Current Osteoporosis Reports

, Volume 12, Issue 2, pp 181–188 | Cite as

Diabetes, Collagen, and Bone Quality

  • Mitsuru Saito
  • Yoshikuni Kida
  • Soki Kato
  • Keishi Marumo
Biomechanics (M Silva and P Zysset, Section Editors)

Abstract

Diabetes increases risk of fracture, although type 2 diabetes is characterized by normal or high bone mineral density (BMD) compared with the patients without diabetes. The fracture risk of type 1 diabetes as well as type 2 diabetes increases beyond an explained by a decrease of BMD. Thus, diabetes may reduce bone strength without change in BMD. Whole bone strength is determined by bone density, structure, and quality, which encompass the micro-structural and tissue material properties. Recent literature showed that diabetes reduces bone material properties rather than BMD. Collagen intermolecular cross-linking plays an important role in the expression of bone strength. Collagen cross-links can be divided into beneficial enzymatic immature divalent and mature trivalent cross-links and disadvantageous nonenzymatic cross-links (Advanced glycation end products: AGEs) induced by glycation and oxidation. The formation pathway and biological function are quite different. Not only hyperglycemia, but also oxidative stress induces the reduction in enzymatic cross-links and the formation of AGEs. In this review, we describe the mechanism of low bone quality in diabetes and the usefulness of the measurement of plasma or urinary level of AGEs for estimation of fracture risk.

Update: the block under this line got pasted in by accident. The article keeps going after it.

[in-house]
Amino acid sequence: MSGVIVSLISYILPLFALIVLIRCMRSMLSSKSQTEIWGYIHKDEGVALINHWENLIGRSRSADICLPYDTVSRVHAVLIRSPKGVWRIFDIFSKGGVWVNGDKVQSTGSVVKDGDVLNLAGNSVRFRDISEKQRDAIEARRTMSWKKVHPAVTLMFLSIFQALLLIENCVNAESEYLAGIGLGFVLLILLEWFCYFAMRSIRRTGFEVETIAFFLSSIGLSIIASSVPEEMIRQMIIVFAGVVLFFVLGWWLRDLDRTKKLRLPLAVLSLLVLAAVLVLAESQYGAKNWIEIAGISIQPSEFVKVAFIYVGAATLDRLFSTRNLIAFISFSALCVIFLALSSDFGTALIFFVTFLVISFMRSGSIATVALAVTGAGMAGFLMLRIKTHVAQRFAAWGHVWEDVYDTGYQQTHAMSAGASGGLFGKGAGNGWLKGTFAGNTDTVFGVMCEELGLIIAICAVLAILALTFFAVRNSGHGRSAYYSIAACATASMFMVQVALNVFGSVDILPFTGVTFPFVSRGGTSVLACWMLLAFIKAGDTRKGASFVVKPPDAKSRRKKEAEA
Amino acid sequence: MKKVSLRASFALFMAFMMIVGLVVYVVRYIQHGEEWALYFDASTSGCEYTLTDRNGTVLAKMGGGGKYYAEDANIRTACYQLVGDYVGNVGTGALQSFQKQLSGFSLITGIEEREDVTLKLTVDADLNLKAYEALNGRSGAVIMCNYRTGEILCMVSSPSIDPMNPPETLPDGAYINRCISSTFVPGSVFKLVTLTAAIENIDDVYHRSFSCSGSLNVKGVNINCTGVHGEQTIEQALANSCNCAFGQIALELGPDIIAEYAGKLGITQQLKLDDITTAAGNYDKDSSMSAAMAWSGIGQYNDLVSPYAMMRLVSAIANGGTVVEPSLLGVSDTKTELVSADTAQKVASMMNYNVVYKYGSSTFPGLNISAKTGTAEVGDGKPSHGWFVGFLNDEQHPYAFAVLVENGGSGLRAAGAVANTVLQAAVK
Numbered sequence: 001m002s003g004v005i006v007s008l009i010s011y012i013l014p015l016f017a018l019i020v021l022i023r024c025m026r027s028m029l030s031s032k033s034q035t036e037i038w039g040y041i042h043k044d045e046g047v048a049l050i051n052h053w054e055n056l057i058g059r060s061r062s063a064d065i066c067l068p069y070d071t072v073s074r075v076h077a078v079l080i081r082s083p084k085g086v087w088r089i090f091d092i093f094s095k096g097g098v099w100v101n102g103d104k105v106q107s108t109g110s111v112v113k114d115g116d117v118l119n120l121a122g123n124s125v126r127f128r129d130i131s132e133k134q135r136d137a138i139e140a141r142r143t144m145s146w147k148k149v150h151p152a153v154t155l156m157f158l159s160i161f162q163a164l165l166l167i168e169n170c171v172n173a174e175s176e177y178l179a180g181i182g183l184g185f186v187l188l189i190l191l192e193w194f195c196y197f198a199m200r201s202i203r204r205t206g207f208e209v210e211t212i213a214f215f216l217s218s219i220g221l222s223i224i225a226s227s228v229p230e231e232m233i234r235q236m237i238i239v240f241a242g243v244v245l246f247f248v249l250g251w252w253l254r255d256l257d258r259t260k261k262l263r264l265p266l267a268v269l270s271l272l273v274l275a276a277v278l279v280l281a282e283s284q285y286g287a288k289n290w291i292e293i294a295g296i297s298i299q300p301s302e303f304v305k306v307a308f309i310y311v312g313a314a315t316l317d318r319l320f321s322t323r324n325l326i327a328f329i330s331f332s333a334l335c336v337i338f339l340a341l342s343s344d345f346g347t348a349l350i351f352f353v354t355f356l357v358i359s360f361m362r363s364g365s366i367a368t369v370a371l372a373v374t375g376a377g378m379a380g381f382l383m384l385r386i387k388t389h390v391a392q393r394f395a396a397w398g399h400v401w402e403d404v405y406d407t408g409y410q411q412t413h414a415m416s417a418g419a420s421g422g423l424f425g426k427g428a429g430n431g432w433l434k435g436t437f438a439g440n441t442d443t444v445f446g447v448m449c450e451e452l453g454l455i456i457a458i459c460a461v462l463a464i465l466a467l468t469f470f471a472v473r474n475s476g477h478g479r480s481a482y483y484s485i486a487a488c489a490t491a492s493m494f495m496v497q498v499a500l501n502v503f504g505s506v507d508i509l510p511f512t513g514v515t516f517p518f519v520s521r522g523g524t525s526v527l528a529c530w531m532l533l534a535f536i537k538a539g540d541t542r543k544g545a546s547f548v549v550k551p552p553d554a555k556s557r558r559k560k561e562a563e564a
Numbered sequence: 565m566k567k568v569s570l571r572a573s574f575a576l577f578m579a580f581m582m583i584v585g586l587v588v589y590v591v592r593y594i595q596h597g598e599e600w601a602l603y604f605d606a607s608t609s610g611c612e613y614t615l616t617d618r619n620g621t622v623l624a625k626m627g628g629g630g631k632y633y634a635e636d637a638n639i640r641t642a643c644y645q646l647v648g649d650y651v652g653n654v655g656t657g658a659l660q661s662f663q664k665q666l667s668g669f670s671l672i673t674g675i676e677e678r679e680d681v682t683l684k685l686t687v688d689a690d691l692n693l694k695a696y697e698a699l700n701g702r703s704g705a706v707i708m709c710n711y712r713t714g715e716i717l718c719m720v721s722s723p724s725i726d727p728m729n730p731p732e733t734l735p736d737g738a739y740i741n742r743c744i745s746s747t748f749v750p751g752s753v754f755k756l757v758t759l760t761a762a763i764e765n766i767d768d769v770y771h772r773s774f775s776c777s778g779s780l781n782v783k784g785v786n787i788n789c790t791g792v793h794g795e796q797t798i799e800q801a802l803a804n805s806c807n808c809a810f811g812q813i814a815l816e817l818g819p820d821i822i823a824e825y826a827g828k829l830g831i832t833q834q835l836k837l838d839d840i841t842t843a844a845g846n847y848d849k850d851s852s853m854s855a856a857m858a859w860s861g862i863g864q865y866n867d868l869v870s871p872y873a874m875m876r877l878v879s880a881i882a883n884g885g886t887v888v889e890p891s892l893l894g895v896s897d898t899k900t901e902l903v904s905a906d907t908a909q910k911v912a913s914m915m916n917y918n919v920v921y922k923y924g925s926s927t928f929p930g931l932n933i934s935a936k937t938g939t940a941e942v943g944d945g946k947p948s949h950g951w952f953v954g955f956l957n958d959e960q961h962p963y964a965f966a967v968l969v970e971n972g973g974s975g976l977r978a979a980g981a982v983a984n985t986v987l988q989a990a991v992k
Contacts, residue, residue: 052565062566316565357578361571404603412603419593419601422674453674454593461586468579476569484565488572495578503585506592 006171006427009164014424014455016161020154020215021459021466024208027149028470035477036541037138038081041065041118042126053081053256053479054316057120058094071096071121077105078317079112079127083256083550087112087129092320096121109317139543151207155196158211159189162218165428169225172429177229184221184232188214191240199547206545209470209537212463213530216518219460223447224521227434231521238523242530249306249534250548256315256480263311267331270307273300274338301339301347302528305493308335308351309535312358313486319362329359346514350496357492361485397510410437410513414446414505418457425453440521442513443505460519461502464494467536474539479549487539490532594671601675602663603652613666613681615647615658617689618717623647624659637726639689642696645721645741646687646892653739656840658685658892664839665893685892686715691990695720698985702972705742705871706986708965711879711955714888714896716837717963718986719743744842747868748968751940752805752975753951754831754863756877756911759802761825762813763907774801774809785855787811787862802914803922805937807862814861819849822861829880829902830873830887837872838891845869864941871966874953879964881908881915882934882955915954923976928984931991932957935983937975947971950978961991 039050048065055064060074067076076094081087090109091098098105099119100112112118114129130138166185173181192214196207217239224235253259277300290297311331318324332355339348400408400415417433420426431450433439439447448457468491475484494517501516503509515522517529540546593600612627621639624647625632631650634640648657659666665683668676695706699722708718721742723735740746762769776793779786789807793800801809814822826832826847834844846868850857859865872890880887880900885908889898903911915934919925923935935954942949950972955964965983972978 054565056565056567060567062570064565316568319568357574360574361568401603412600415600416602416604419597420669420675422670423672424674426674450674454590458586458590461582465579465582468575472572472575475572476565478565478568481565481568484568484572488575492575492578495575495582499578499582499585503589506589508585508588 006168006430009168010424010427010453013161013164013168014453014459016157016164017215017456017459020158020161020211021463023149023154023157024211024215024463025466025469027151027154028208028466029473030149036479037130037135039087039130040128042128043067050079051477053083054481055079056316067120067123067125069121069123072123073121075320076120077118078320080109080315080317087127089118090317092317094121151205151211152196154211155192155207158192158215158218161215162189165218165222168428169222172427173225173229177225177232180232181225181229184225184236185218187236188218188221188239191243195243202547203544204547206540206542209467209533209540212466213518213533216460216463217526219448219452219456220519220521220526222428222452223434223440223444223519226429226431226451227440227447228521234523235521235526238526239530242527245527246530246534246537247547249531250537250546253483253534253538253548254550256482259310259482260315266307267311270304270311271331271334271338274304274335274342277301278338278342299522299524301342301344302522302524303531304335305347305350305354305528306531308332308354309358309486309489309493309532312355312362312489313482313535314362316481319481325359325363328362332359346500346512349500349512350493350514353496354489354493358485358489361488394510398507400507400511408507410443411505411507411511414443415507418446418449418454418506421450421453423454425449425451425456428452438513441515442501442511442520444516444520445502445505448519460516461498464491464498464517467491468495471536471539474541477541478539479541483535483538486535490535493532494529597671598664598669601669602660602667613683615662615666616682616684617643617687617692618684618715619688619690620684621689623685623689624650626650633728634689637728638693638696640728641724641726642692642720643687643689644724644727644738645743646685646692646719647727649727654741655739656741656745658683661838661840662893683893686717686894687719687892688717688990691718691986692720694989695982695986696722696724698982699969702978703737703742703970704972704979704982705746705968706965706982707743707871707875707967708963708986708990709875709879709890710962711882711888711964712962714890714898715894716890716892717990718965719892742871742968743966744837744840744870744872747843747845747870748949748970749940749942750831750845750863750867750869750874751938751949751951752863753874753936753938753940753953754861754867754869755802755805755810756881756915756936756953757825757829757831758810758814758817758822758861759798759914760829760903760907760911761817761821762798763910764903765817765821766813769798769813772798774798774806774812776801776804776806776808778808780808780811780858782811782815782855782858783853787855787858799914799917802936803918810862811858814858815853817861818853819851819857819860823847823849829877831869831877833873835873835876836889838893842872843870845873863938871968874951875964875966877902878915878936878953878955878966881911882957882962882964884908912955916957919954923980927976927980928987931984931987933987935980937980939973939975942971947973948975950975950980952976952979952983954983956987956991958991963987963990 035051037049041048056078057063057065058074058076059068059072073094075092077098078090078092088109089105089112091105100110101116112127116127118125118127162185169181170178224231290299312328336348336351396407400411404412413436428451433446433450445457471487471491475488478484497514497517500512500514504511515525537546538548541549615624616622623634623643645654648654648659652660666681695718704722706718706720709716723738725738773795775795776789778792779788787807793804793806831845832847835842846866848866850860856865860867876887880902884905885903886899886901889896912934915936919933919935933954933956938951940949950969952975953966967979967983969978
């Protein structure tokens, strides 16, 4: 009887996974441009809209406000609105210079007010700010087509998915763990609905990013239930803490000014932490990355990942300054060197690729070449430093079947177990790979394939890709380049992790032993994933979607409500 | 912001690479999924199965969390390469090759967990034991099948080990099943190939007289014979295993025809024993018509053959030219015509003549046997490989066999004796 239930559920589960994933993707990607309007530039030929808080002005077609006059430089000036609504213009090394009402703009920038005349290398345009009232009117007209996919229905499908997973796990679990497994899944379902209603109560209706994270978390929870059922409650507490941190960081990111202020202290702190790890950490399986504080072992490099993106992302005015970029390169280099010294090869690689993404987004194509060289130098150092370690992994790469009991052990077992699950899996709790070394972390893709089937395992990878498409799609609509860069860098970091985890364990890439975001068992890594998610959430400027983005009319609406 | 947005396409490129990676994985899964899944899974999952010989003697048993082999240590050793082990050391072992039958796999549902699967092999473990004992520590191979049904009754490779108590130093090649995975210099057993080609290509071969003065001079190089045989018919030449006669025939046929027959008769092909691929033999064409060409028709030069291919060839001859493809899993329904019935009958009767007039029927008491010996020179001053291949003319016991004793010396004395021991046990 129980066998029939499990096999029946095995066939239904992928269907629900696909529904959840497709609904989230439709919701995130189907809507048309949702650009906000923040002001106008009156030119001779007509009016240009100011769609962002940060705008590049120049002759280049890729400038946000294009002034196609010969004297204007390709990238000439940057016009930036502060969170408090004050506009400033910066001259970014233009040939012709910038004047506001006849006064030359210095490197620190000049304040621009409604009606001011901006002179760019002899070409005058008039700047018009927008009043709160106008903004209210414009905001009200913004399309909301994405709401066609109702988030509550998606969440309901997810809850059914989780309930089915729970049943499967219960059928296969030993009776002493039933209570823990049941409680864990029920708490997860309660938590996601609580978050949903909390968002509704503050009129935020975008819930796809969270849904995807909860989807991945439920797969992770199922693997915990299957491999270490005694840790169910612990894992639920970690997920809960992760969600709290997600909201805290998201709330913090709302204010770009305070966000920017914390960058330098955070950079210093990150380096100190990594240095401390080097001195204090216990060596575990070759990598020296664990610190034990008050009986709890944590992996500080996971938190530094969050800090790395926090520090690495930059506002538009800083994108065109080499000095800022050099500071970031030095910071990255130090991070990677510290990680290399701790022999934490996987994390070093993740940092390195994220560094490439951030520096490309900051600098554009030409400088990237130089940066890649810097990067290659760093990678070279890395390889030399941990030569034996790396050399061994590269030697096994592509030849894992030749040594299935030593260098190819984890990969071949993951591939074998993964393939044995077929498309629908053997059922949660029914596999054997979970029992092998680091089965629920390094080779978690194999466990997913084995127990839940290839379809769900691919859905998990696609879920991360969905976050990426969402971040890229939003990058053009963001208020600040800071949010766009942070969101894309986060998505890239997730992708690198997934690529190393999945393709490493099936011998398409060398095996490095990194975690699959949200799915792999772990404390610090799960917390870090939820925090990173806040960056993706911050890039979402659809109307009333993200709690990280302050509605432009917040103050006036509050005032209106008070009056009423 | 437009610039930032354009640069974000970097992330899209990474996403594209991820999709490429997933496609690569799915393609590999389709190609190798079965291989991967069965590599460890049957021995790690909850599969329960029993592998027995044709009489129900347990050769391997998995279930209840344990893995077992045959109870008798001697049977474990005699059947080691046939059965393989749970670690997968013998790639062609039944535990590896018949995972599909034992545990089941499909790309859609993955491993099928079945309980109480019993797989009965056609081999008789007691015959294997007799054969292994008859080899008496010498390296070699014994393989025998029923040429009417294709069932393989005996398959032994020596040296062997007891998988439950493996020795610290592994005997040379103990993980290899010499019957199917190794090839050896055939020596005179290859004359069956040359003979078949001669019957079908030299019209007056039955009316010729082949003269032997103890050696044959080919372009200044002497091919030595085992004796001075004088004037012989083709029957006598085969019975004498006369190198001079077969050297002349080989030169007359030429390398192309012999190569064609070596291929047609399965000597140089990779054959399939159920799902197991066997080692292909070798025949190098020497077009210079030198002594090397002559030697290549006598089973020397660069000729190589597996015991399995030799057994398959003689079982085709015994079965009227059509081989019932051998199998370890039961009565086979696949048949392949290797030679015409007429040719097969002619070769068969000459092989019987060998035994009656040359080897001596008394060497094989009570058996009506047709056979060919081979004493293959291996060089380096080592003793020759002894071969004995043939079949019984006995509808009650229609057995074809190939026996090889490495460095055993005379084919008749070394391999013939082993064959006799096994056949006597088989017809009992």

Keywords

Diabetes Bone quality Collagen Cross-links Advanced glycation end products Pentosidine Homocysteine Fracture risk 

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Copyright information

© Springer Science+Business Media New York 2014

Authors and Affiliations

  • Mitsuru Saito
    • 1
  • Yoshikuni Kida
    • 1
  • Soki Kato
    • 1
  • Keishi Marumo
    • 1
  1. 1.Department of Orthopaedic SurgeryJikei University School of MedicineTokyoJapan

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